However, Kabuga might not have lifted a machete or hoe in the horror of Rwanda, but as one one of Rwanda’s richest men, Kabuga’s radio station RTLM led the propaganda that daily fed hate to his fellow ethnic Hutus, acting as a catalyst for the Rwanda Genocide.
The two major items on the hands of the Interahamwe, the Hutu killer militia, was always a small transistor radio and a machete. While the radios guided the killer gangs around the country, identifying Tutsis, over 500,000 machetes imported into the country by Kabuga and a few Hutu elites, chopped down ethnic Tutsis and moderate Hutus like a bunch of trees.
Visiting the Kigali Genocide Memorial is such an introspecting experience that I think every African statesman, politician or aspiring leader should have.
The Kigali genocide memorial is actually the burial site of 250,000 people. It was built to honour the dead, preserve the history of the genocide against the Tutsis and is seen as a symbol of ‘NEVER AGAIN’.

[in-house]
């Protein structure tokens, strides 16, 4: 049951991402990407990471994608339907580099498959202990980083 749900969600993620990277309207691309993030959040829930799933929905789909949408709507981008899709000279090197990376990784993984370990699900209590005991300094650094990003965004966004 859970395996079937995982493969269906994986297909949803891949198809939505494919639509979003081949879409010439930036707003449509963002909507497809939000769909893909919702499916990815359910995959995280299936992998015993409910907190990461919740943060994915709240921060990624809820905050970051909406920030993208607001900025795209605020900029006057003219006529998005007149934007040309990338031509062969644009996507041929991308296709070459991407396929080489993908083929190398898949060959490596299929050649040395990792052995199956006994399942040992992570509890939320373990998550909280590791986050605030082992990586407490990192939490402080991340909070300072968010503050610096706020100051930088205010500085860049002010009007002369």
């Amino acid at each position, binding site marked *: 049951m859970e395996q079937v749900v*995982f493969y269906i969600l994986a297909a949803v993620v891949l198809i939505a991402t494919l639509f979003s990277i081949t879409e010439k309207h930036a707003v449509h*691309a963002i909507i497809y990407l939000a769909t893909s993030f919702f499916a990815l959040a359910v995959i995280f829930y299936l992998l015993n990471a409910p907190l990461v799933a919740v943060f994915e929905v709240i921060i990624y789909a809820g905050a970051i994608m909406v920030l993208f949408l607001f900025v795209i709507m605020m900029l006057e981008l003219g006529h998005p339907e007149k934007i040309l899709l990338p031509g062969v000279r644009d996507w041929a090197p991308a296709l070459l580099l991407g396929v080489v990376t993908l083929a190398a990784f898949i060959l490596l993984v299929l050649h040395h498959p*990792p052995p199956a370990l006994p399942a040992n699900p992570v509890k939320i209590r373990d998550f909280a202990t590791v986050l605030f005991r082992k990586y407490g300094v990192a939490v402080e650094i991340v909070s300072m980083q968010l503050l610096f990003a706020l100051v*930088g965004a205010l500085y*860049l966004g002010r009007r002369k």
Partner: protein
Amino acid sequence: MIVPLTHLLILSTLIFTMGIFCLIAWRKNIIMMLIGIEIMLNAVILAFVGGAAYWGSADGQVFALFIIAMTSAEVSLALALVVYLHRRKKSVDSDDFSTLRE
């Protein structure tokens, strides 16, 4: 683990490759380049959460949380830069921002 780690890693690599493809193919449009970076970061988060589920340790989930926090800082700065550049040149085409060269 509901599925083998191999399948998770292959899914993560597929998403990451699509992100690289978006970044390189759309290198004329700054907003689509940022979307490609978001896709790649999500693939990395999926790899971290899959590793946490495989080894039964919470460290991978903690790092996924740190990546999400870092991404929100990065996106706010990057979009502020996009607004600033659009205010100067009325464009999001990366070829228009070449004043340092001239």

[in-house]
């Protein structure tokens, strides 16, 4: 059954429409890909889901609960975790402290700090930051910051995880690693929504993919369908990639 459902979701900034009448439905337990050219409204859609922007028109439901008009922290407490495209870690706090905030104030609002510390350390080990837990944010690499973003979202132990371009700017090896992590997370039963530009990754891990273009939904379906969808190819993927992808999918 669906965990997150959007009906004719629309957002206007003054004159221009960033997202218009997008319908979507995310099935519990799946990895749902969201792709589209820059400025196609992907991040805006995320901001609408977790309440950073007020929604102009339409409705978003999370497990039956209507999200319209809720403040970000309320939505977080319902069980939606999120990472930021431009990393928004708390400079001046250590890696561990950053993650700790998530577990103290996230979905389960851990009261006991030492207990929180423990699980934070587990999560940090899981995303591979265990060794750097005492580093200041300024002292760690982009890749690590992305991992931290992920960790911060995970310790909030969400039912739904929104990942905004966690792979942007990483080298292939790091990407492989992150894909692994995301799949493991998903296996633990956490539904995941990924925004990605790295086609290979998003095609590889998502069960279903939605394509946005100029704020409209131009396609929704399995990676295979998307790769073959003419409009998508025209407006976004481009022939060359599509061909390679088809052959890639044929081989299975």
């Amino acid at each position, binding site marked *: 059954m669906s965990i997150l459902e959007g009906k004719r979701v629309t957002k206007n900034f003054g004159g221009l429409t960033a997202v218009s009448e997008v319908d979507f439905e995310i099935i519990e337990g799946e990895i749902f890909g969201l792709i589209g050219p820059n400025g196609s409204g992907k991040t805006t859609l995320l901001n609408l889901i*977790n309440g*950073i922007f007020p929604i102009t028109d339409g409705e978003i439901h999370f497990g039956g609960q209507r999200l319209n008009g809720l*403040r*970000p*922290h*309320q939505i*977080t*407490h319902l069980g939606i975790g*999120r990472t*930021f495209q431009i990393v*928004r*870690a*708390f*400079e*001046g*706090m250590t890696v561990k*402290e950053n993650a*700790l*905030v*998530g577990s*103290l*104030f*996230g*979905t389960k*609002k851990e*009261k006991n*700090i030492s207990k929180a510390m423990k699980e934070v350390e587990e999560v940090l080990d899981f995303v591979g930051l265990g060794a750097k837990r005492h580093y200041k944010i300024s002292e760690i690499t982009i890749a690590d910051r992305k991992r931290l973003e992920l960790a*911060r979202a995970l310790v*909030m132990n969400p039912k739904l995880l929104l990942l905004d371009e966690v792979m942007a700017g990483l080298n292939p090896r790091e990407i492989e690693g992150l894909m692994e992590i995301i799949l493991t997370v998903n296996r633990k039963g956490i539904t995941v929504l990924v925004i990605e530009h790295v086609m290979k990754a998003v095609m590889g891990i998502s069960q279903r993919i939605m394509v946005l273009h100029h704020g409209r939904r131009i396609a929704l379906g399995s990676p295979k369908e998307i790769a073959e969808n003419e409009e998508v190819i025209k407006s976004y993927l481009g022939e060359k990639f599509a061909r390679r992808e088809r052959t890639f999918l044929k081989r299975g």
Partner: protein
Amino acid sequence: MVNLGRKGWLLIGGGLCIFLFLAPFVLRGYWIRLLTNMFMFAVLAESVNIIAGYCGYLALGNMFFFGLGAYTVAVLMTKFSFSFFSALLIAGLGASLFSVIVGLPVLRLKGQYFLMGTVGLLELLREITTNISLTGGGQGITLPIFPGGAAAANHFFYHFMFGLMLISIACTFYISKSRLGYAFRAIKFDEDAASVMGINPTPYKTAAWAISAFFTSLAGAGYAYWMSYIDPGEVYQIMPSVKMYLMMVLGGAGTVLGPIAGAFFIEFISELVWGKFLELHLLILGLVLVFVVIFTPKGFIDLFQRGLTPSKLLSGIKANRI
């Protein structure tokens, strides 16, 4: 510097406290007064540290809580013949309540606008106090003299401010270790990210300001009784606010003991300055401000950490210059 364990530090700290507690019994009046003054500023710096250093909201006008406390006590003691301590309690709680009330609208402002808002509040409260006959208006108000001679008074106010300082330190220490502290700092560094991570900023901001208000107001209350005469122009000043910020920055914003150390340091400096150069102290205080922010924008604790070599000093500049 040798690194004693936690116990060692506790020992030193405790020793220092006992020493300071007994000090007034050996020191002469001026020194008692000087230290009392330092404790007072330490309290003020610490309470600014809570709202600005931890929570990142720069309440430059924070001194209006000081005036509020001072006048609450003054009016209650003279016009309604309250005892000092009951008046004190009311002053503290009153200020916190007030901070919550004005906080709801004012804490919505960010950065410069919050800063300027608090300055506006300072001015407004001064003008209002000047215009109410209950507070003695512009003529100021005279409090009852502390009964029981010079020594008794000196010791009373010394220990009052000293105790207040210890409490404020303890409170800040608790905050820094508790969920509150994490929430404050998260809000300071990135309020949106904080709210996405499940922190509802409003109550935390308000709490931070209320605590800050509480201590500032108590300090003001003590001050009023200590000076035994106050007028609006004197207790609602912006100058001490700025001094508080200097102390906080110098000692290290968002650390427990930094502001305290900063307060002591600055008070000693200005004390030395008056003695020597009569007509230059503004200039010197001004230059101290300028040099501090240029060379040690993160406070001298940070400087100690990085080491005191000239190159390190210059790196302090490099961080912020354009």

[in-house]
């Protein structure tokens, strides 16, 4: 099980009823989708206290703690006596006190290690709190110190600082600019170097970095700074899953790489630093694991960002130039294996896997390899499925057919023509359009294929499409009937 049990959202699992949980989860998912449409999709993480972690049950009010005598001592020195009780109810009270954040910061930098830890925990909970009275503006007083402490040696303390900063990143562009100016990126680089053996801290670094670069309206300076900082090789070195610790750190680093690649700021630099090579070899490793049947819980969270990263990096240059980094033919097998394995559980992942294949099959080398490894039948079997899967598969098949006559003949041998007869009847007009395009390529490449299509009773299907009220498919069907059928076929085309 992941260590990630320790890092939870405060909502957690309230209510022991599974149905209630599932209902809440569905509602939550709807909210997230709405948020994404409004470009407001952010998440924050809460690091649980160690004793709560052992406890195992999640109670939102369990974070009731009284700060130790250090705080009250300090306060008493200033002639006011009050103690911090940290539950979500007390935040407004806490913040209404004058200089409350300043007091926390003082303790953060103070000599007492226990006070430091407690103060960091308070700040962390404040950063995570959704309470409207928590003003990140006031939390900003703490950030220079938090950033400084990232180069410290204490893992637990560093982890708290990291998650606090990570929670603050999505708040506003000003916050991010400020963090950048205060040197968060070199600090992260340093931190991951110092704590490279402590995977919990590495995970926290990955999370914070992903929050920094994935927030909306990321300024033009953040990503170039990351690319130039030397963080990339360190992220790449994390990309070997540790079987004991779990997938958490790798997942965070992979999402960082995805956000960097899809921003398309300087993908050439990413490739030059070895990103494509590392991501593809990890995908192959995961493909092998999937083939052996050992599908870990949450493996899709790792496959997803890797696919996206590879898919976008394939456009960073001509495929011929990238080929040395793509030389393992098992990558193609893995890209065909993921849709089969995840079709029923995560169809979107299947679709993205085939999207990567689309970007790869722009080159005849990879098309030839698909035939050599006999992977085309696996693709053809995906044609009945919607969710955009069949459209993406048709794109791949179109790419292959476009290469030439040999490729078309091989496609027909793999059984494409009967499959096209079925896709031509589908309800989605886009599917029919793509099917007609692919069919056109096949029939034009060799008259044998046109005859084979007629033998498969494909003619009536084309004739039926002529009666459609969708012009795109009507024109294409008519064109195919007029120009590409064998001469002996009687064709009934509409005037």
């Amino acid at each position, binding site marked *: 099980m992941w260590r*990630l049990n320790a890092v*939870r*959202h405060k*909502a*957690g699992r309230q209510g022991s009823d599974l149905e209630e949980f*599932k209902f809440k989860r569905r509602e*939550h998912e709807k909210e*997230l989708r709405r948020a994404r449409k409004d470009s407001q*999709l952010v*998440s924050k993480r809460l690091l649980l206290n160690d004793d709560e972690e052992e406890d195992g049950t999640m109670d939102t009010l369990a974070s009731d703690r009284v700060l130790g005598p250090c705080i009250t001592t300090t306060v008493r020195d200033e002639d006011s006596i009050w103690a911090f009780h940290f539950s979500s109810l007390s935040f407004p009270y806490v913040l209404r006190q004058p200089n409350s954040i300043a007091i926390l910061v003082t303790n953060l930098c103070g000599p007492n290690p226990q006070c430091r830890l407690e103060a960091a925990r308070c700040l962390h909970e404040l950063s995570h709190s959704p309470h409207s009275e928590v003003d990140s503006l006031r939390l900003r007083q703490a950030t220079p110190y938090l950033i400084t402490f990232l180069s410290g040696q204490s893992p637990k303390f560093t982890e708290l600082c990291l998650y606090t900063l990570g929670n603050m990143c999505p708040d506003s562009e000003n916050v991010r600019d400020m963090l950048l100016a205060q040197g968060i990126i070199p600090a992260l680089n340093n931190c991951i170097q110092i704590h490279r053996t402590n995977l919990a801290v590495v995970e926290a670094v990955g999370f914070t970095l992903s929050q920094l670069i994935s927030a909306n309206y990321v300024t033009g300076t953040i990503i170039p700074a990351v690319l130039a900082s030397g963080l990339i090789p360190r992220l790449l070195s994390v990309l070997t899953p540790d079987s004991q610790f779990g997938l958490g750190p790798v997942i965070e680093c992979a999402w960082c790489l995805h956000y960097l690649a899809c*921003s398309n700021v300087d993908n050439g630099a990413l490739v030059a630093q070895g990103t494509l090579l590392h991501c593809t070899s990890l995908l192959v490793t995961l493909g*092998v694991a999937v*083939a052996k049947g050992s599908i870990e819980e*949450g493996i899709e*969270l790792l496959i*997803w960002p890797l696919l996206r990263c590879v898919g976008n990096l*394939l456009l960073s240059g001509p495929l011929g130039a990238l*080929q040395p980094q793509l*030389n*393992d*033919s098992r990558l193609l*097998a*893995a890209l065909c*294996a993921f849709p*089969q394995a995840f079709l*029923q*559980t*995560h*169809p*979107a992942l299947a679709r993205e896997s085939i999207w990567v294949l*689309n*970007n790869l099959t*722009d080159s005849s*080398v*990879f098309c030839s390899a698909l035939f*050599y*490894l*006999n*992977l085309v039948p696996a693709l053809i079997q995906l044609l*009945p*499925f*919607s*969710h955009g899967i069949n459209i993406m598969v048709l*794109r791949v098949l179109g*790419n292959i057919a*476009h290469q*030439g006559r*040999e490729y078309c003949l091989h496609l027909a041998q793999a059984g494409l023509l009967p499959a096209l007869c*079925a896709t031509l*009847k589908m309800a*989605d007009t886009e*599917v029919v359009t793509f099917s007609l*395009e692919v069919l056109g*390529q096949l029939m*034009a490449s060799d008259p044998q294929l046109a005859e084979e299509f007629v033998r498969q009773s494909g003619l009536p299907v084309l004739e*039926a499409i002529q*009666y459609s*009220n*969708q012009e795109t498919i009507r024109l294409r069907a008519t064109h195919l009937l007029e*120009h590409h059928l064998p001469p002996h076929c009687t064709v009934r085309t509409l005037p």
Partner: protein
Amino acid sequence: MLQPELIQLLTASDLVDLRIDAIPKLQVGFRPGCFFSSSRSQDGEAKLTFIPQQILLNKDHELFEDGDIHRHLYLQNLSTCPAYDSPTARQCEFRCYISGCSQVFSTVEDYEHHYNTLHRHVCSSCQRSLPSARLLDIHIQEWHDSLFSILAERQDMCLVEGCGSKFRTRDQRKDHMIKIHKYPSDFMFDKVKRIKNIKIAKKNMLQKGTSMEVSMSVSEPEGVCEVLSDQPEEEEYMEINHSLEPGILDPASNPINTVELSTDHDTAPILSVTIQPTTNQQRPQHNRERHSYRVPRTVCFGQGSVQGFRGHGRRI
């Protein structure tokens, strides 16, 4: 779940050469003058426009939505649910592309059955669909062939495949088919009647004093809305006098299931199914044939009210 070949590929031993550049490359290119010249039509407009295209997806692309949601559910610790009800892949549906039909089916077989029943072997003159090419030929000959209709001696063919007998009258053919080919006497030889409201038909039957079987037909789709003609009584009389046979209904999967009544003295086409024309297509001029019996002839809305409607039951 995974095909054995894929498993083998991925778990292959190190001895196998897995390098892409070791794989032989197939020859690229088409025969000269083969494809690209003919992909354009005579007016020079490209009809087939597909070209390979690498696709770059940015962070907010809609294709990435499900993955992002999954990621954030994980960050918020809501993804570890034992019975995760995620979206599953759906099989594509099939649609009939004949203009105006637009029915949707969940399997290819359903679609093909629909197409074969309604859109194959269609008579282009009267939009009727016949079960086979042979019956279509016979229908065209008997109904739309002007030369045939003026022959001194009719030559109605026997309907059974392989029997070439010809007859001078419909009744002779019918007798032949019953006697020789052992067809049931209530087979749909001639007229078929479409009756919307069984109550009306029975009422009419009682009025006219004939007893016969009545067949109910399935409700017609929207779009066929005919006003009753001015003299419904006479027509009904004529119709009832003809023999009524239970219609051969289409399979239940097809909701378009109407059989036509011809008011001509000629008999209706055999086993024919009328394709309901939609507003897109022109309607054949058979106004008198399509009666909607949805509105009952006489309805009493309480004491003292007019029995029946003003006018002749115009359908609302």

If you want to imagine 250,000 dead bodies, just imagine seeing 10 corpses lying dead. Then imagine 50,100, then 1000, then 250,000. If you lie them down side by side on a football pitch to fill every space on a pitch, you will need the space of 60 football pitches to lay the dead.
This burial site is just one of the various burial sites in Rwanda that served as permanent resting places for the remains of the victims of the genocide.
When I experienced the Kigali Genocide memorial with a group of friends in 2016, one thing we noticed was that we couldn’t talk for almost 10 minutes when we walked out of the memorial through the exit. The experience actually leaves you speechless.